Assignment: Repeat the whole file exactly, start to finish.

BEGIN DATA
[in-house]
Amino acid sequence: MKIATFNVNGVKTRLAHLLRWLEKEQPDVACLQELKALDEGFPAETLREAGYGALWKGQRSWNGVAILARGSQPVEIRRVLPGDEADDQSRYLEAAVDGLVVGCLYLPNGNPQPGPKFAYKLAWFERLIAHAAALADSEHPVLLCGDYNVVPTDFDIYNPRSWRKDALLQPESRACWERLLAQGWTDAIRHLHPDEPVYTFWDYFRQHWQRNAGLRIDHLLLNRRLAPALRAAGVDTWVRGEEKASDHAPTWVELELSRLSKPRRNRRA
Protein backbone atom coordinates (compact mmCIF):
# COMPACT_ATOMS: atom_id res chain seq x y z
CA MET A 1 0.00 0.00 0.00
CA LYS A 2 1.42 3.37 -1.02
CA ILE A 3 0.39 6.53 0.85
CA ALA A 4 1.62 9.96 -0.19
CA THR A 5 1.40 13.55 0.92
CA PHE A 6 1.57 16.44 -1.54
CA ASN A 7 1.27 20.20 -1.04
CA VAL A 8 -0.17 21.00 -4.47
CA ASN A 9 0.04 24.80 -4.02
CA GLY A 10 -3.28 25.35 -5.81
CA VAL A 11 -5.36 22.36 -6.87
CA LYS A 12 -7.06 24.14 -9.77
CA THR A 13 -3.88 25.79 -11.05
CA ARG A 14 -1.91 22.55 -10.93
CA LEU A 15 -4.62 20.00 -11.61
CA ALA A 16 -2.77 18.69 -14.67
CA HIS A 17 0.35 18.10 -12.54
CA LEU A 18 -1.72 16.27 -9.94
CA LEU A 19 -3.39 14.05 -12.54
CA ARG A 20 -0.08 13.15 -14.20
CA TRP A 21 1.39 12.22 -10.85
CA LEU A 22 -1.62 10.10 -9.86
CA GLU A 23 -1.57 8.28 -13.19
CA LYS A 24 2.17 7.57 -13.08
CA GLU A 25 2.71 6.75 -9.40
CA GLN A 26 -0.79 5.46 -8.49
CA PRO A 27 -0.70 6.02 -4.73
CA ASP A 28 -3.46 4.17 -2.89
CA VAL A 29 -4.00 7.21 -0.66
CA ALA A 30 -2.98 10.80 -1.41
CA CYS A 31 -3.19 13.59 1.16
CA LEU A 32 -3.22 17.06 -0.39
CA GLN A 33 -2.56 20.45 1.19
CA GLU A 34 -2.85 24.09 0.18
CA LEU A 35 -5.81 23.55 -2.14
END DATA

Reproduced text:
[in-house]
Amino acid sequence: MKIATFNVNGVKTRLAHLLRWLEKEQPDVACLQELKALDEGFPAETLREAGYGALWKGQRSWNGVAILARGSQPVEIRRVLPGDEADDQSRYLEAAVDGLVVGCLYLPNGNPQPGPKFAYKLAWFERLIAHAAALADSEHPVLLCGDYNVVPTDFDIYNPRSWRKDALLQPESRACWERLLAQGWTDAIRHLHPDEPVYTFWDYFRQHWQRNAGLRIDHLLLNRRLAPALRAAGVDTWVRGEEKASDHAPTWVELELSRLSKPRRNRRA
Protein backbone atom coordinates (compact mmCIF):
# COMPACT_ATOMS: atom_id res chain seq x y z
CA MET A 1 0.00 0.00 0.00
CA LYS A 2 1.42 3.37 -1.02
CA ILE A 3 0.39 6.53 0.85
CA ALA A 4 1.62 9.96 -0.19
CA THR A 5 1.40 13.55 0.92
CA PHE A 6 1.57 16.44 -1.54
CA ASN A 7 1.27 20.20 -1.04
CA VAL A 8 -0.17 21.00 -4.47
CA ASN A 9 0.04 24.80 -4.02
CA GLY A 10 -3.28 25.35 -5.81
CA VAL A 11 -5.36 22.36 -6.87
CA LYS A 12 -7.06 24.14 -9.77
CA THR A 13 -3.88 25.79 -11.05
CA ARG A 14 -1.91 22.55 -10.93
CA LEU A 15 -4.62 20.00 -11.61
CA ALA A 16 -2.77 18.69 -14.67
CA HIS A 17 0.35 18.10 -12.54
CA LEU A 18 -1.72 16.27 -9.94
CA LEU A 19 -3.39 14.05 -12.54
CA ARG A 20 -0.08 13.15 -14.20
CA TRP A 21 1.39 12.22 -10.85
CA LEU A 22 -1.62 10.10 -9.86
CA GLU A 23 -1.57 8.28 -13.19
CA LYS A 24 2.17 7.57 -13.08
CA GLU A 25 2.71 6.75 -9.40
CA GLN A 26 -0.79 5.46 -8.49
CA PRO A 27 -0.70 6.02 -4.73
CA ASP A 28 -3.46 4.17 -2.89
CA VAL A 29 -4.00 7.21 -0.66
CA ALA A 30 -2.98 10.80 -1.41
CA CYS A 31 -3.19 13.59 1.16
CA LEU A 32 -3.22 17.06 -0.39
CA GLN A 33 -2.56 20.45 1.19
CA GLU A 34 -2.85 24.09 0.18
CA LEU A 35 -5.81 23.55 -2.14